Help your child develop a positive mindset of self
Teenage is a critical point in an individual’s life. A teen struggles for self-identity while battling the stress of high school, emotionally and otherwise.
Notably, we live in a world where people fall apart due to societal pressure. The things we see and hear from all corners of the earth are enough to break a strong adult soul; how much more an adolescent?
Your child needs positive information to counter the negatives they’ll face out there. Help your child towards the perfecting of the saints, increasing their faith, building resilience, and protecting themselves from the world’s wickedness. Help them gain access to resources that will help build their sense of identity.
Never forget survival skills
Aside from teaching what’s right and wrong, setting up your kids for success involves instilling in them basic survival skills as they develop. Your children may find themselves in emergencies, and it’s these skills that will see them through.
Think about getting lost, dealing with strangers, or handling dangerous materials. Children must have the necessary knowledge to help them cope with such emergencies, and they should have such skills as early as 5 years old. Survival skills are learning to live.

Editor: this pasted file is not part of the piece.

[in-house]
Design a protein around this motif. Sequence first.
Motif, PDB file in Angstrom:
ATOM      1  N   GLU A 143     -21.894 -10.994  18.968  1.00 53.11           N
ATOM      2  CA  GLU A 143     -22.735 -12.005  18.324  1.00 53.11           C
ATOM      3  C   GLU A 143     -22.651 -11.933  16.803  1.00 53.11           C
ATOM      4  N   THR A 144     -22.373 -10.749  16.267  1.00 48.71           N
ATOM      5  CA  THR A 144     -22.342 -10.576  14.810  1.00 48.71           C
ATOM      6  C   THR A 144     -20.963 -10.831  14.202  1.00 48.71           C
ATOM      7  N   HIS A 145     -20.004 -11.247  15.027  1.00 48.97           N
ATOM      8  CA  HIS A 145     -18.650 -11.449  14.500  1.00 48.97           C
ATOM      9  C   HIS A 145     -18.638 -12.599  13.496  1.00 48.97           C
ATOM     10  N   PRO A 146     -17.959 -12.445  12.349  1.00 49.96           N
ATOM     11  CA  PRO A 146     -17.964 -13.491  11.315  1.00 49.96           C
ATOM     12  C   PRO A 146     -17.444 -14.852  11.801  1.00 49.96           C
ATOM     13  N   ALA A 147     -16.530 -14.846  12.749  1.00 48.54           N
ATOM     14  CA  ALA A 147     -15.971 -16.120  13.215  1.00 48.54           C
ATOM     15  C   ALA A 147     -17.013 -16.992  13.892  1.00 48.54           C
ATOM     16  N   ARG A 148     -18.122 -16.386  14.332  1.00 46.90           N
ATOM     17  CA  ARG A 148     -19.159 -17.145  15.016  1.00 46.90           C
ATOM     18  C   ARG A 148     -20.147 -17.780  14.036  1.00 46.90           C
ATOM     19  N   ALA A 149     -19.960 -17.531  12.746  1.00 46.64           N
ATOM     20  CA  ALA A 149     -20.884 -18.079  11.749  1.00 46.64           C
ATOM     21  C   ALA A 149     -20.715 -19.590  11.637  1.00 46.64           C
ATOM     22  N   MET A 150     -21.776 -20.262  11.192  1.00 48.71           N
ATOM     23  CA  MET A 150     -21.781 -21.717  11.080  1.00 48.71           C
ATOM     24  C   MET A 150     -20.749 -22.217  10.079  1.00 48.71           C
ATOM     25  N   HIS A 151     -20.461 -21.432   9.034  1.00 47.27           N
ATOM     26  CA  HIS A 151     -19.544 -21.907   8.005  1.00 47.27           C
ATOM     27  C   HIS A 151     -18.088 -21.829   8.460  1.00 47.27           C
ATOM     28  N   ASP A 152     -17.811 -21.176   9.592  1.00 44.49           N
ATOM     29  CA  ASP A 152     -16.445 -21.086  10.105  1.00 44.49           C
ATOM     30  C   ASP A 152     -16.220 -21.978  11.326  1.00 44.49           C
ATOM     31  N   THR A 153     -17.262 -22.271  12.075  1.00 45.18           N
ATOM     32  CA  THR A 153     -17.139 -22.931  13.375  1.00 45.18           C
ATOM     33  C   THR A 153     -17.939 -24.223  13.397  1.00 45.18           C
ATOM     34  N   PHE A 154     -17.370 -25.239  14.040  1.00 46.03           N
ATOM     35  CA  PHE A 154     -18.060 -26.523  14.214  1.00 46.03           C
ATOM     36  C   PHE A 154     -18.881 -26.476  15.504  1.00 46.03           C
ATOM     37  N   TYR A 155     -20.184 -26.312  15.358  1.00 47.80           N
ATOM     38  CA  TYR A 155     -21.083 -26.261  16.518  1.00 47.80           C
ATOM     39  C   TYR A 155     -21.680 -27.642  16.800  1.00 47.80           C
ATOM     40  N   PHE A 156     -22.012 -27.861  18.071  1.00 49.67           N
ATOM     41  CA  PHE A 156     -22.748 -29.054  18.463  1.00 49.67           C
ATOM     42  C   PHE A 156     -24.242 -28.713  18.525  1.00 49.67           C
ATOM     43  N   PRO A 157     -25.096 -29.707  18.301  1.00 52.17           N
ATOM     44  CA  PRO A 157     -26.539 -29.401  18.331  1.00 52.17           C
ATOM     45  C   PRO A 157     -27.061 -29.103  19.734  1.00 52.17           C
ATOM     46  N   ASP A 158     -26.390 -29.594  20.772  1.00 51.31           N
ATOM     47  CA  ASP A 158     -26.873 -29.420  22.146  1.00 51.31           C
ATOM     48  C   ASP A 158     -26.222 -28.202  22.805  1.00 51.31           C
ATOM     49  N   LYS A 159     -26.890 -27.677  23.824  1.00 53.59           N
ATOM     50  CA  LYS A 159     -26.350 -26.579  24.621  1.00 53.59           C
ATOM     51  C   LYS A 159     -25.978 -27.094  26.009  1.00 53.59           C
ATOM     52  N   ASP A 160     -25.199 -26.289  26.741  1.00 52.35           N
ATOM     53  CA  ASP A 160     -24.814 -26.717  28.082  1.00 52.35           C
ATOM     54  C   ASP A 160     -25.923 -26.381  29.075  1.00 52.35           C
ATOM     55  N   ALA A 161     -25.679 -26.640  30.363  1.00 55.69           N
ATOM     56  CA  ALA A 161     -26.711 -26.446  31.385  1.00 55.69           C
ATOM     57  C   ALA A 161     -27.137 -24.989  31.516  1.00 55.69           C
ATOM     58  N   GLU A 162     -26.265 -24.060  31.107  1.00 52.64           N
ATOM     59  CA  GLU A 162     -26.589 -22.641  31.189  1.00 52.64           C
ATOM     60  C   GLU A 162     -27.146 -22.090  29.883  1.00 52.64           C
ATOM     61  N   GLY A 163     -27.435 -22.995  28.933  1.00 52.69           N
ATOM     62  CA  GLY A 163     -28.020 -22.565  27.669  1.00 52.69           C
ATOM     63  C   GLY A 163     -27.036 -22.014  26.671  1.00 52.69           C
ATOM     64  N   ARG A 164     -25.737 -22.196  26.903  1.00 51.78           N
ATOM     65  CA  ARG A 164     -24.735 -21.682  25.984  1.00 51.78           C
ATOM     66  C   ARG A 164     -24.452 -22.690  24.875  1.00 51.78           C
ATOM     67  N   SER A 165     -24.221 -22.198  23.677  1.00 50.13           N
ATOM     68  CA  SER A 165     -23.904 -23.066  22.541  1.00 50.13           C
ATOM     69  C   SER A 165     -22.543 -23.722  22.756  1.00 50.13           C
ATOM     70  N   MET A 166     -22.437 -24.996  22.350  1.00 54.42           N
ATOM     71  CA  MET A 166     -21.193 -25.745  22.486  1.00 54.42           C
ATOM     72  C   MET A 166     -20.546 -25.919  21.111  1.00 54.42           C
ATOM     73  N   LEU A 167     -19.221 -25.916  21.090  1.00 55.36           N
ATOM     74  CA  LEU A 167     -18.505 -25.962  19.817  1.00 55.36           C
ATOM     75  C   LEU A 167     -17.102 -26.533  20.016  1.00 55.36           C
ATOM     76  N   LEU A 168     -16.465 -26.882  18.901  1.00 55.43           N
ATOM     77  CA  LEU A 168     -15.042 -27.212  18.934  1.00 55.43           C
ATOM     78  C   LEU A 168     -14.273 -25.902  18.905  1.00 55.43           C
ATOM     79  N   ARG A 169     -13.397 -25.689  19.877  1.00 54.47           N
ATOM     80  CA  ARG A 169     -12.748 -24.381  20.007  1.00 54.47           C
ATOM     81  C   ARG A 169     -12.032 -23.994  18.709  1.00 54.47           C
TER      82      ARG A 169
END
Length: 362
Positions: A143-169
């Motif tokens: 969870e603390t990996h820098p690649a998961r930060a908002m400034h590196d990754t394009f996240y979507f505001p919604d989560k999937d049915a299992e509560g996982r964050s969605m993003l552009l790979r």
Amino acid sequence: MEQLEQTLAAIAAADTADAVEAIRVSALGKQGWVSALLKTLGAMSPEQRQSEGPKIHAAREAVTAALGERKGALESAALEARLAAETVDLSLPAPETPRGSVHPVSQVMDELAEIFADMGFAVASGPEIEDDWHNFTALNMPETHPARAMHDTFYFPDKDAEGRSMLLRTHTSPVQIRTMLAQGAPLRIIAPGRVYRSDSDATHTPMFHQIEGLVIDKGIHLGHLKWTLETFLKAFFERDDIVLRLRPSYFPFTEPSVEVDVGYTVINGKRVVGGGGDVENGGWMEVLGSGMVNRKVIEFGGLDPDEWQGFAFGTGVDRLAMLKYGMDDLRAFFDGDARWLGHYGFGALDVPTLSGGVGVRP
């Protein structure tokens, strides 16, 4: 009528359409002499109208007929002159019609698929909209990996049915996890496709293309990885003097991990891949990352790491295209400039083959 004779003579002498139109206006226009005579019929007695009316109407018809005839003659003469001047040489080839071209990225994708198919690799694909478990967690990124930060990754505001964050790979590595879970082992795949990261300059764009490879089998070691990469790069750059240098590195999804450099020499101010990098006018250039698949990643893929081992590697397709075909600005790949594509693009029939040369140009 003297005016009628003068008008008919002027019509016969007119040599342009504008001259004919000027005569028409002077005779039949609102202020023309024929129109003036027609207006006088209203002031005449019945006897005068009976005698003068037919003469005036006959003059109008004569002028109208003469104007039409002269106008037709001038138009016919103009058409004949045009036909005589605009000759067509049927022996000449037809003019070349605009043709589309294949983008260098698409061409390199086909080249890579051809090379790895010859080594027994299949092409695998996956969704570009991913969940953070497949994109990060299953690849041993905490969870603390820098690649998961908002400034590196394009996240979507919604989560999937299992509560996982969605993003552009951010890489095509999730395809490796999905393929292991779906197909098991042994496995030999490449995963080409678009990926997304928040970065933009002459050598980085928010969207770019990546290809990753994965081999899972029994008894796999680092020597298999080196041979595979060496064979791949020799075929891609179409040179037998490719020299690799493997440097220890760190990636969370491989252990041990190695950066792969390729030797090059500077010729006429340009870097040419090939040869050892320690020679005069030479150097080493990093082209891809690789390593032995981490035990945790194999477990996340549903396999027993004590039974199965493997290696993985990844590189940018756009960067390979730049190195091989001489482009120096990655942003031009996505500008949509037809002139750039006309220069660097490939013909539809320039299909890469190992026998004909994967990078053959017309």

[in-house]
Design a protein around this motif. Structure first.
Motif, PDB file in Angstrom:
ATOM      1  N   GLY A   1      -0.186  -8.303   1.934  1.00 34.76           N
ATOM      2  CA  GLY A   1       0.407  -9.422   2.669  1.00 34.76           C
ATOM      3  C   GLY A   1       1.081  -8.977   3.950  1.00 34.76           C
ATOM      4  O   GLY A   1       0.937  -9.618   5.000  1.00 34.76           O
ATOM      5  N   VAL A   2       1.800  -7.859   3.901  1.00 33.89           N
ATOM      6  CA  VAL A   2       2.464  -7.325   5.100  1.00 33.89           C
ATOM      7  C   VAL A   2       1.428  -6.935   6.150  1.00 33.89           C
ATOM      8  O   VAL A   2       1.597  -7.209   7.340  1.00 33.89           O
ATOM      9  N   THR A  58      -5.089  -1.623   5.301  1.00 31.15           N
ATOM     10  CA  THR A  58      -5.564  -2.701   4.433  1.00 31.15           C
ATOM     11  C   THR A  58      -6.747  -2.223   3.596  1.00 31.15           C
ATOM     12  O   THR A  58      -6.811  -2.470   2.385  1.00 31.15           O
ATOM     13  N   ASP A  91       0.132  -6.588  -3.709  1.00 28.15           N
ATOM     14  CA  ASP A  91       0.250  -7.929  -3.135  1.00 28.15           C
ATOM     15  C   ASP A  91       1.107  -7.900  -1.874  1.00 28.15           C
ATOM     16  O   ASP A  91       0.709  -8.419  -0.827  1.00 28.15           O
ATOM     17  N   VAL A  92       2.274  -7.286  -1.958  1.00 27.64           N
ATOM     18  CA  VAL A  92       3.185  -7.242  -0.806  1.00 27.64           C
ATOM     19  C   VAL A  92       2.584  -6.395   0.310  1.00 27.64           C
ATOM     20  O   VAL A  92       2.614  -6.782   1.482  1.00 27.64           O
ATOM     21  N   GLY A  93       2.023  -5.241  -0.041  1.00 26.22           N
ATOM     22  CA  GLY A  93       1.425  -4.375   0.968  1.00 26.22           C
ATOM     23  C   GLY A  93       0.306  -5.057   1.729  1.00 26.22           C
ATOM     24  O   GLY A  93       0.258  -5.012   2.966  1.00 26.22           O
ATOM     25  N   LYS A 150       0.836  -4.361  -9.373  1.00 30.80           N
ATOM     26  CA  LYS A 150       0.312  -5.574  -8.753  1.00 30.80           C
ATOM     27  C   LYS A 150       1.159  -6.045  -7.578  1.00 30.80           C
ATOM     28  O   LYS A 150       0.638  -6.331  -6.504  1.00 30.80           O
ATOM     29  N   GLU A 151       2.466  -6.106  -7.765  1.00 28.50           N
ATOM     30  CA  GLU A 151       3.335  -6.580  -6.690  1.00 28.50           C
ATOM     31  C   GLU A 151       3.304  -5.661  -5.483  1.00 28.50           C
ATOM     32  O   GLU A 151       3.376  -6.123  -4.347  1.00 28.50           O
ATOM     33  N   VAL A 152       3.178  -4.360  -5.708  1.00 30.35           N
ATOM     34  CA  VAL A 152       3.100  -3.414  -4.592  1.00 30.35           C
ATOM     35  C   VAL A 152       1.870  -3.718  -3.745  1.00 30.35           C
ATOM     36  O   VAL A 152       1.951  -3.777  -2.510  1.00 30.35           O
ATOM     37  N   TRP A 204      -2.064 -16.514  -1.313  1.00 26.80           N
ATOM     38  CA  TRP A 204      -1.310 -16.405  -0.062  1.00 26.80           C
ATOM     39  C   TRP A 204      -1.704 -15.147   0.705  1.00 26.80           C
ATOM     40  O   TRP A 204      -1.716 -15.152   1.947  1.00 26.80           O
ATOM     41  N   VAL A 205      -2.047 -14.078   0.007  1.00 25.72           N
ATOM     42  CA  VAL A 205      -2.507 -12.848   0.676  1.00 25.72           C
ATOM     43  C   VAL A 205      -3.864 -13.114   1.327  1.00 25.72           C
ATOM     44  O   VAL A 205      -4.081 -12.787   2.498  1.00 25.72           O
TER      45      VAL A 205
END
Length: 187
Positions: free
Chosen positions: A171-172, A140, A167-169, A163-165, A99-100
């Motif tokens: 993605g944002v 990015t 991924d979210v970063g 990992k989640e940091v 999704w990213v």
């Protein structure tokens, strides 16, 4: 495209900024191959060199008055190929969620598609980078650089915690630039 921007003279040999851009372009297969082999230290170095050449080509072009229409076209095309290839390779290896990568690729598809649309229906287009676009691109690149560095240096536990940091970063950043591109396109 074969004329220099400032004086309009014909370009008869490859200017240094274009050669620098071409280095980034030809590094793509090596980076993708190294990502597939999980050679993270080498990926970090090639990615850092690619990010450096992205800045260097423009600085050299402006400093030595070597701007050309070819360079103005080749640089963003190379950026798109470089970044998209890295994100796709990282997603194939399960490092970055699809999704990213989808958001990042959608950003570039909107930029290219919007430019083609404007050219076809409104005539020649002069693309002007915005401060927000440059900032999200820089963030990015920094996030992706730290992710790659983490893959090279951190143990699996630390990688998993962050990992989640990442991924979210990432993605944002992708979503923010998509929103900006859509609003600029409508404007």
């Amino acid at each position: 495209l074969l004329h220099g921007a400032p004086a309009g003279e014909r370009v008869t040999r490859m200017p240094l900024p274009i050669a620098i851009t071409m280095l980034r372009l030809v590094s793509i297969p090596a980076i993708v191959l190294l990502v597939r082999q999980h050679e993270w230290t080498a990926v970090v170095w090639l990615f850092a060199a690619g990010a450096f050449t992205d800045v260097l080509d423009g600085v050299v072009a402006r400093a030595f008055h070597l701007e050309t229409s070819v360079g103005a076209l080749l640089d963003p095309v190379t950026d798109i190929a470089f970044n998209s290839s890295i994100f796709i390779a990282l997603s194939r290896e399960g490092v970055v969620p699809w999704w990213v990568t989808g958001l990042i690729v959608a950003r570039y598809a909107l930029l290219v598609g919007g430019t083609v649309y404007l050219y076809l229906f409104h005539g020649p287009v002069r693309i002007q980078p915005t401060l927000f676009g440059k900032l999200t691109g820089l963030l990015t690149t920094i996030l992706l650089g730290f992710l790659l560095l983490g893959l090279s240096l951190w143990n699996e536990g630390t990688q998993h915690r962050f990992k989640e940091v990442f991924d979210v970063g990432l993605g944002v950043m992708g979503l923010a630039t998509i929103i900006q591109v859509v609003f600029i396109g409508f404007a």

Key survival skills to teach your kids:
- How to handle a knife properly
- Setting fires
- Finding food and water
- How to deal with strangers
- How to keep warm without fire, especially in winter
- How to find shelter when lost
- Emergency numbers
- Applying first aid.
Survival skills can save a child in times of trouble.
Set boundaries to discipline your child
Even as you try to be a good dad or mom, you mustn’t be overly agreeable with your child. Children need structure and guidance as they navigate the world. Let them know what is expected of them, and tell them how things work in the world.
Let your kid know what’s wrong, what not to do, and the consequences of going against such rules. When they violate, have age-appropriate consequences in place to address their actions. This will help you raise people that acknowledge and respect rules.
Listen and respond accordingly
As your child develops, listening to them becomes even more important than telling them what to do. Your teen will develop emotional issues, mood swings, and even flare up unreasonably.
Be the good, mature parent and acknowledge that they’re going through a phase. Be there for them by giving your listening ears and support even when they act like they don’t need it.
Let them know that they can always count on you. How connected you’ve been while they were younger will help you during this time.
Furthermore, avoid making your teen feel like they’re wrong for feeling how they do. Even when they’re unreasonably sad because they lost a game, show empathy; tell them you understand, and they’ll trust you.
Your children will grow up into adolescents. How your 14-year-old child acts will differ from how they did when they were 5. Your approach towards their issues should also be different. Always ensure you have an age-appropriate approach in place.